To make sure you offer your audience relevant and informative content, you need to clarify the “Why”, back it up with interesting information and give real life examples and hands-on advice. This combination of factors is what keeps your audience engaged, so you can make sure your message sticks. When it comes to the topic of phishing, it could look something like this:
Week 1: Introduction to Cyber Security Awareness Month & Phishing
In your first piece of content, introduce your format (so for example, what is Cyber Security Awareness Month?) and your topic (for example phishing). A good security awareness campaign of any sort should also start with the ‘Why’, backed up with data, such as the referenced Verizon report above. To make sure your content is useful and relatable from day one, share interesting and hands-on tips on how your audience can protect themselves.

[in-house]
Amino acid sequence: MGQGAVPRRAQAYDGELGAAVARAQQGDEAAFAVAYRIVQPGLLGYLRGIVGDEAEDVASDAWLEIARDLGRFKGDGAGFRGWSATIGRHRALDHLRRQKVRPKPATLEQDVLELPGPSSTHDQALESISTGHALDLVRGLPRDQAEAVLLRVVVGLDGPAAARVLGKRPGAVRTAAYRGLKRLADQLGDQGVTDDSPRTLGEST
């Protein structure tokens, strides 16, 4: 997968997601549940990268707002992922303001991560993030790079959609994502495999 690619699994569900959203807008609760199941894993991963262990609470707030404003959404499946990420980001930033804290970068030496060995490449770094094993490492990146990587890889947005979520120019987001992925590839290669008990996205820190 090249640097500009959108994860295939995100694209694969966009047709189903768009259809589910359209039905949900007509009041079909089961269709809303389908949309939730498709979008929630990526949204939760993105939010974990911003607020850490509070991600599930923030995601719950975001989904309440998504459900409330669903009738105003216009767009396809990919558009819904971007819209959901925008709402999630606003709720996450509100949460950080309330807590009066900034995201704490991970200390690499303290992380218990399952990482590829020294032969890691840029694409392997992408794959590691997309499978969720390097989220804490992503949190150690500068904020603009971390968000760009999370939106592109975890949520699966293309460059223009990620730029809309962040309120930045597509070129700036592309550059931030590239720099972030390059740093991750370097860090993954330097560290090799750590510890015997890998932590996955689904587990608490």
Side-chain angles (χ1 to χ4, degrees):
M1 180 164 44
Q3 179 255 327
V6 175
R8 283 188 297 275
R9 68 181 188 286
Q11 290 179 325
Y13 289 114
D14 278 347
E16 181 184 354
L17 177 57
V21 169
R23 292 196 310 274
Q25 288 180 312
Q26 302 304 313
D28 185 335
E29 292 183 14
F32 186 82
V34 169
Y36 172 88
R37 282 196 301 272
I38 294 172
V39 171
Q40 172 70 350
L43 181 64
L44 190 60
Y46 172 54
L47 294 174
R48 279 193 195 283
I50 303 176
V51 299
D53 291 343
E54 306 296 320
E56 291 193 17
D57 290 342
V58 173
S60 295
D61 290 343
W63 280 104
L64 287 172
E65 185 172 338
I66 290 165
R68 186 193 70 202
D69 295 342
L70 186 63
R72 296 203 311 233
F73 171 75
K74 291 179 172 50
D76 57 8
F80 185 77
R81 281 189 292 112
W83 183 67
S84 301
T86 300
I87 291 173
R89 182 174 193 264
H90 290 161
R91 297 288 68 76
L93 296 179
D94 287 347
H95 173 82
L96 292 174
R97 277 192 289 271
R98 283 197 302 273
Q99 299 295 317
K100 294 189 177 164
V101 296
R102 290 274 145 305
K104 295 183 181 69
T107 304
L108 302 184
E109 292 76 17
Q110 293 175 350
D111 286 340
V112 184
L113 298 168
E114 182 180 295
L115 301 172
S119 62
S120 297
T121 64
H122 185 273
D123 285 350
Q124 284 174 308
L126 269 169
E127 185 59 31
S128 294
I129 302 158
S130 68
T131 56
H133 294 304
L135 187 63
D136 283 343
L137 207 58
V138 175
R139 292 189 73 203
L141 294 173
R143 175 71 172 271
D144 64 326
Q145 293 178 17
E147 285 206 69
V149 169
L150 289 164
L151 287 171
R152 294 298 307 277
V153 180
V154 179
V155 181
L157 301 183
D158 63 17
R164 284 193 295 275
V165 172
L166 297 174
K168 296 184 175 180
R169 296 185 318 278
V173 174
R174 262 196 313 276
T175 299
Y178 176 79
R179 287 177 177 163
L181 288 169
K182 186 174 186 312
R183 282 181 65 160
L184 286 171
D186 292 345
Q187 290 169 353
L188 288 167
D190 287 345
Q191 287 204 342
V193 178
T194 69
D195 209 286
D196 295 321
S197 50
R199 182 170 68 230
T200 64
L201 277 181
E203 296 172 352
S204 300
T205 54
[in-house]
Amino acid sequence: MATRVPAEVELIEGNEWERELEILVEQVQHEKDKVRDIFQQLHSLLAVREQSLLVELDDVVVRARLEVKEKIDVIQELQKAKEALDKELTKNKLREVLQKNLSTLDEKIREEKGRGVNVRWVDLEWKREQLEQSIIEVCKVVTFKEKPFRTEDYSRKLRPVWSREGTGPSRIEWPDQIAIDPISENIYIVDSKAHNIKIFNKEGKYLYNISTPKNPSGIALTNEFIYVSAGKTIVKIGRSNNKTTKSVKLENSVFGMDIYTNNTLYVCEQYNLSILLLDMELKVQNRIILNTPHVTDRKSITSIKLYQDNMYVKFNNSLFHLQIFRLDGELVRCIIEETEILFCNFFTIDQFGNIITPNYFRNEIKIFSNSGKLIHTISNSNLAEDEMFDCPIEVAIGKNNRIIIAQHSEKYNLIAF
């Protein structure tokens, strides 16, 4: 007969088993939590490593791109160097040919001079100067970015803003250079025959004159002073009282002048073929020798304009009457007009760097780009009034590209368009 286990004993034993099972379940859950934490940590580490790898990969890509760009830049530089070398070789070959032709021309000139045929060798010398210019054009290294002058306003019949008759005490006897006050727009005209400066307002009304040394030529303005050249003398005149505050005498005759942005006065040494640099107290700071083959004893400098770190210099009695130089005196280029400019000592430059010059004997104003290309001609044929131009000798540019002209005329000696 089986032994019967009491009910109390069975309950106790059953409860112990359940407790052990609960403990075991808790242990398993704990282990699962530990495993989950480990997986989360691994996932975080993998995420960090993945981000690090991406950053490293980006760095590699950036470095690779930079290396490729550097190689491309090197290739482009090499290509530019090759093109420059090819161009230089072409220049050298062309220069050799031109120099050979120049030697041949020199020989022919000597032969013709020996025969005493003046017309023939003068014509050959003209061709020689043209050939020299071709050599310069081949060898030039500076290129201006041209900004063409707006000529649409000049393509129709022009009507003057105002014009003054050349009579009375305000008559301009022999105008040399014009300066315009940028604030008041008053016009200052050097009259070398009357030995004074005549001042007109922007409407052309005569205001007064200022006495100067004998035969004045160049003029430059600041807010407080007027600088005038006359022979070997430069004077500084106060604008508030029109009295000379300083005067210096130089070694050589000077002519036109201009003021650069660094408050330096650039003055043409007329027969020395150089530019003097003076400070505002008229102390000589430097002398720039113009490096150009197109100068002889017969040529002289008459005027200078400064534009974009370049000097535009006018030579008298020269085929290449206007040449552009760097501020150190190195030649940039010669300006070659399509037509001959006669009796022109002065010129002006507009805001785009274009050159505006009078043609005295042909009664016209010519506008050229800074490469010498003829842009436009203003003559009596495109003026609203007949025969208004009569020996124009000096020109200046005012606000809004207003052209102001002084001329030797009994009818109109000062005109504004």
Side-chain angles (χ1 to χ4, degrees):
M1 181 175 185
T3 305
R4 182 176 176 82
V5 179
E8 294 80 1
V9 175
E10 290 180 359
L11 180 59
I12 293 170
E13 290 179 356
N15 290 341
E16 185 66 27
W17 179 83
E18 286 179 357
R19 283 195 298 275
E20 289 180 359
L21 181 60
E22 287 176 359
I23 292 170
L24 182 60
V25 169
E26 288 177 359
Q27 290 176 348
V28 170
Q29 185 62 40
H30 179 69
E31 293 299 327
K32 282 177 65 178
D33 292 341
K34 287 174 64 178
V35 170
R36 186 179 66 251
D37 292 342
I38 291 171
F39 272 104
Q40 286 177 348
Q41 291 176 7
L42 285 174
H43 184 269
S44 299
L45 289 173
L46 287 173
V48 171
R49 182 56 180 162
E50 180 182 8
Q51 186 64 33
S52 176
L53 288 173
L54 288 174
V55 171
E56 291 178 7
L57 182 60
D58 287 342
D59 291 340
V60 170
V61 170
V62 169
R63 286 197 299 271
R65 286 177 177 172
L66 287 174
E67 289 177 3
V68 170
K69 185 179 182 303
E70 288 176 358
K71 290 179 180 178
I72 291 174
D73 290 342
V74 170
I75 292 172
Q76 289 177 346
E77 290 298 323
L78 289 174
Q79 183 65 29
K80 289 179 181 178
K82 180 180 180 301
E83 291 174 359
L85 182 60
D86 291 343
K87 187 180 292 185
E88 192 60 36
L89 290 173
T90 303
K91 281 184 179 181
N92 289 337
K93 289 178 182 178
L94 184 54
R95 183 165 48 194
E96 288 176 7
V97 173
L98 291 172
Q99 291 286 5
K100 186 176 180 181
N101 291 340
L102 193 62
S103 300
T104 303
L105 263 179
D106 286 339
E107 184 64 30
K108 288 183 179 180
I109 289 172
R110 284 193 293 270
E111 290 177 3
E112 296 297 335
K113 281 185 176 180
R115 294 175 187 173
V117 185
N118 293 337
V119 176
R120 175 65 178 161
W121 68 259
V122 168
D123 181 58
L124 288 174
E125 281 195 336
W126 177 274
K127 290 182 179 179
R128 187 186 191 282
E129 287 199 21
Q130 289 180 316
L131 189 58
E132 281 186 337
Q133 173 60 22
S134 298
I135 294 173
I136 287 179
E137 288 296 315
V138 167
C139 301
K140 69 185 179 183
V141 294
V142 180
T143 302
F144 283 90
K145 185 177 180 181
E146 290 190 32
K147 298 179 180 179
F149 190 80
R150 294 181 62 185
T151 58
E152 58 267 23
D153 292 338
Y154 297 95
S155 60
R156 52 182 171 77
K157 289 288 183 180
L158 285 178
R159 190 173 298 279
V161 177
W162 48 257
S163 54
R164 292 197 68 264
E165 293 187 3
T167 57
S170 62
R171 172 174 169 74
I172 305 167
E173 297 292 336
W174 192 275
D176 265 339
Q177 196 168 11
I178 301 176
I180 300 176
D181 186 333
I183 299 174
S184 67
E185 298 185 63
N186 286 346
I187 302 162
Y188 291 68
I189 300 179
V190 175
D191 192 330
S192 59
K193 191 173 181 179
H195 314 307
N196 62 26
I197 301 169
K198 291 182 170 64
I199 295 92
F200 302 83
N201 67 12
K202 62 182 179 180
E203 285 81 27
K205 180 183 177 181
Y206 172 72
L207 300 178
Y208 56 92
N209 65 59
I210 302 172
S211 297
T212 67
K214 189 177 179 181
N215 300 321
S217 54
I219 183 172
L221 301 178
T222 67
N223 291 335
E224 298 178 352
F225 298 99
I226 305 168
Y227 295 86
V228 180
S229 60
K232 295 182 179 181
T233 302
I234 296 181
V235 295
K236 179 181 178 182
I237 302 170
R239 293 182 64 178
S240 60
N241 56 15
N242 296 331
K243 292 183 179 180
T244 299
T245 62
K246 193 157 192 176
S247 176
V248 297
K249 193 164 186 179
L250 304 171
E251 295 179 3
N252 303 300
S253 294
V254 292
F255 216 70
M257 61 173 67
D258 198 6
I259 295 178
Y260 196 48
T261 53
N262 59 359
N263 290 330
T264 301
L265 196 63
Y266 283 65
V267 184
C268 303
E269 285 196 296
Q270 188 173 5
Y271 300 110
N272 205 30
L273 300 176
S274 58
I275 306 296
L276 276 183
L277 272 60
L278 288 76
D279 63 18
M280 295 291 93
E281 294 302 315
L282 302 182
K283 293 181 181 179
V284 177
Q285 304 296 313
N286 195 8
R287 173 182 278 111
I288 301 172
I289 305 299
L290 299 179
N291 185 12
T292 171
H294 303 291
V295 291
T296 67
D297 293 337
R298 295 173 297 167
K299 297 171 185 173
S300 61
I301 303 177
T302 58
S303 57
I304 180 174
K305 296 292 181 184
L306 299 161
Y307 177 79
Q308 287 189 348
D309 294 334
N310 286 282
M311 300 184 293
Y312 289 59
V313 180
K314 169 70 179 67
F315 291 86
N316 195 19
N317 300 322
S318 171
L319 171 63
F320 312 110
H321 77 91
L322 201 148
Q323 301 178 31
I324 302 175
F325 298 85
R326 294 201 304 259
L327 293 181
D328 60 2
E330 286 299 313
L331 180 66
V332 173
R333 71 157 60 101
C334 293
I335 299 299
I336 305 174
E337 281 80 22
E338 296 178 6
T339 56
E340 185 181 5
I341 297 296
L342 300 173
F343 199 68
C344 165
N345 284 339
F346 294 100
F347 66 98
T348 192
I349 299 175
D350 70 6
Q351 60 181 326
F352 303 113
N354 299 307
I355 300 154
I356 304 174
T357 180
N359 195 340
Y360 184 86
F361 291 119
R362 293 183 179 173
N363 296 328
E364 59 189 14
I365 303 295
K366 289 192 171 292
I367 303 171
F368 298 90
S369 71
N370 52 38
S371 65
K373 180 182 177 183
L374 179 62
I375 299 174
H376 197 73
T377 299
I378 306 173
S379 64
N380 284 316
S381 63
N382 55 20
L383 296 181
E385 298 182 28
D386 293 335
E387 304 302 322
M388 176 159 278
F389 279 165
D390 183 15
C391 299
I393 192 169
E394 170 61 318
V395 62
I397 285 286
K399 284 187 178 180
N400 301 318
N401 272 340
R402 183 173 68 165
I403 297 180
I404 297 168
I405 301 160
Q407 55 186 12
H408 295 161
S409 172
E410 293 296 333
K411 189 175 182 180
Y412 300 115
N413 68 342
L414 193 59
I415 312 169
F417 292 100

Week 2: Why Phishing Matters
Unfortunately, it is not totally uncommon for phishing attacks to be successful, and when it hits a larger company, the costs can be enormous. According to IBM (in 2019), the average financial cost of a data breach is USD 3.86 million. To make your audience understand the scope and gravity of your topic, show examples from outside your organization, the bigger the better (see Dirty Dozen below).
Awin is not a stranger to phishing and your company will not be either. Find or put together data on how many phishing attacks your company encounters and how many you filter out every day to show your audience that phishing is a real threat and that existing protection mechanisms work to a certain extent.
Week 3: A Day in the Life of a Phisher
Now that we know what phishing is and why it matters, we can have a closer look at how a phishing campaign is run, how a phisher plans and executes an attack and what tools, mechanisms and strategies are used. Understanding the ‘other side’ will help us to understand the attacker and be able to better protect ourselves.
You can fool all the people some of the time, and some of the people all the time, but you cannot fool all the people all the time.
When getting into the details of how a cyber-criminal conducts a phishing attack, the following points are relevant.